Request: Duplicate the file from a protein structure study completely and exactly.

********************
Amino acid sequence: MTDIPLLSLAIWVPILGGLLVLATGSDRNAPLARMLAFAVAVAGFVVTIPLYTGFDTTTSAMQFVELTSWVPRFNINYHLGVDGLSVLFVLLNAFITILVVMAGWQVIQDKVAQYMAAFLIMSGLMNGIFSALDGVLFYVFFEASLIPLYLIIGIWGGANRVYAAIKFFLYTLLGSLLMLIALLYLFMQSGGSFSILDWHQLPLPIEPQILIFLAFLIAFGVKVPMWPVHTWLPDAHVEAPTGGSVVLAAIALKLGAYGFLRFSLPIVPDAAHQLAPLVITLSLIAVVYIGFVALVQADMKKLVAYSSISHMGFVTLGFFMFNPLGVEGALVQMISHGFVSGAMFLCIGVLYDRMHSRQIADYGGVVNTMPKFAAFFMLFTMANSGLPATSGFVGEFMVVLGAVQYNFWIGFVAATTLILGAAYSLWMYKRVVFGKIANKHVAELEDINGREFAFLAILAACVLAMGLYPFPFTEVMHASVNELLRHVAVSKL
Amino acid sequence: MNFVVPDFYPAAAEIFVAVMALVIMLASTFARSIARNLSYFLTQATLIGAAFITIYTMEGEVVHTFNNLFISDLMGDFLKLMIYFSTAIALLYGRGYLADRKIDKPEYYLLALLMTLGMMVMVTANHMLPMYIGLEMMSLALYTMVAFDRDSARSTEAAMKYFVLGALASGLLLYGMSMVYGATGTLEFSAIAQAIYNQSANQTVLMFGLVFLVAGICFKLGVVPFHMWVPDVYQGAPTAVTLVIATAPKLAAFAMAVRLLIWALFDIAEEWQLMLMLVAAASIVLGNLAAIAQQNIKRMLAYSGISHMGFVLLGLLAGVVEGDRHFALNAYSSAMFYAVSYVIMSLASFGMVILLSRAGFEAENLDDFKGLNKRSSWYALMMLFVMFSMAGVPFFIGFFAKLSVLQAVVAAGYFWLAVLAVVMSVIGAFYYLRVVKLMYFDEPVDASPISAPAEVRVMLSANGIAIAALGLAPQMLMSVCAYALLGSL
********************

Amino acid sequence: MTDIPLLSLAIWVPILGGLLVLATGSDRNAPLARMLAFAVAVAGFVVTIPLYTGFDTTTSAMQFVELTSWVPRFNINYHLGVDGLSVLFVLLNAFITILVVMAGWQVIQDKVAQYMAAFLIMSGLMNGIFSALDGVLFYVFFEASLIPLYLIIGIWGGANRVYAAIKFFLYTLLGSLLMLIALLYLFMQSGGSFSILDWHQLPLPIEPQILIFLAFLIAFGVKVPMWPVHTWLPDAHVEAPTGGSVVLAAIALKLGAYGFLRFSLPIVPDAAHQLAPLVITLSLIAVVYIGFVALVQADMKKLVAYSSISHMGFVTLGFFMFNPLGVEGALVQMISHGFVSGAMFLCIGVLYDRMHSRQIADYGGVVNTMPKFAAFFMLFTMANSGLPATSGFVGEFMVVLGAVQYNFWIGFVAATTLILGAAYSLWMYKRVVFGKIANKHVAELEDINGREFAFLAILAACVLAMGLYPFPFTEVMHASVNELLRHVAVSKL
Amino acid sequence: MNFVVPDFYPAAAEIFVAVMALVIMLASTFARSIARNLSYFLTQATLIGAAFITIYTMEGEVVHTFNNLFISDLMGDFLKLMIYFSTAIALLYGRGYLADRKIDKPEYYLLALLMTLGMMVMVTANHMLPMYIGLEMMSLALYTMVAFDRDSARSTEAAMKYFVLGALASGLLLYGMSMVYGATGTLEFSAIAQAIYNQSANQTVLMFGLVFLVAGICFKLGVVPFHMWVPDVYQGAPTAVTLVIATAPKLAAFAMAVRLLIWALFDIAEEWQLMLMLVAAASIVLGNLAAIAQQNIKRMLAYSGISHMGFVLLGLLAGVVEGDRHFALNAYSSAMFYAVSYVIMSLASFGMVILLSRAGFEAENLDDFKGLNKRSSWYALMMLFVMFSMAGVPFFIGFFAKLSVLQAVVAAGYFWLAVLAVVMSVIGAFYYLRVVKLMYFDEPVDASPISAPAEVRVMLSANGIAIAALGLAPQMLMSVCAYALLGSL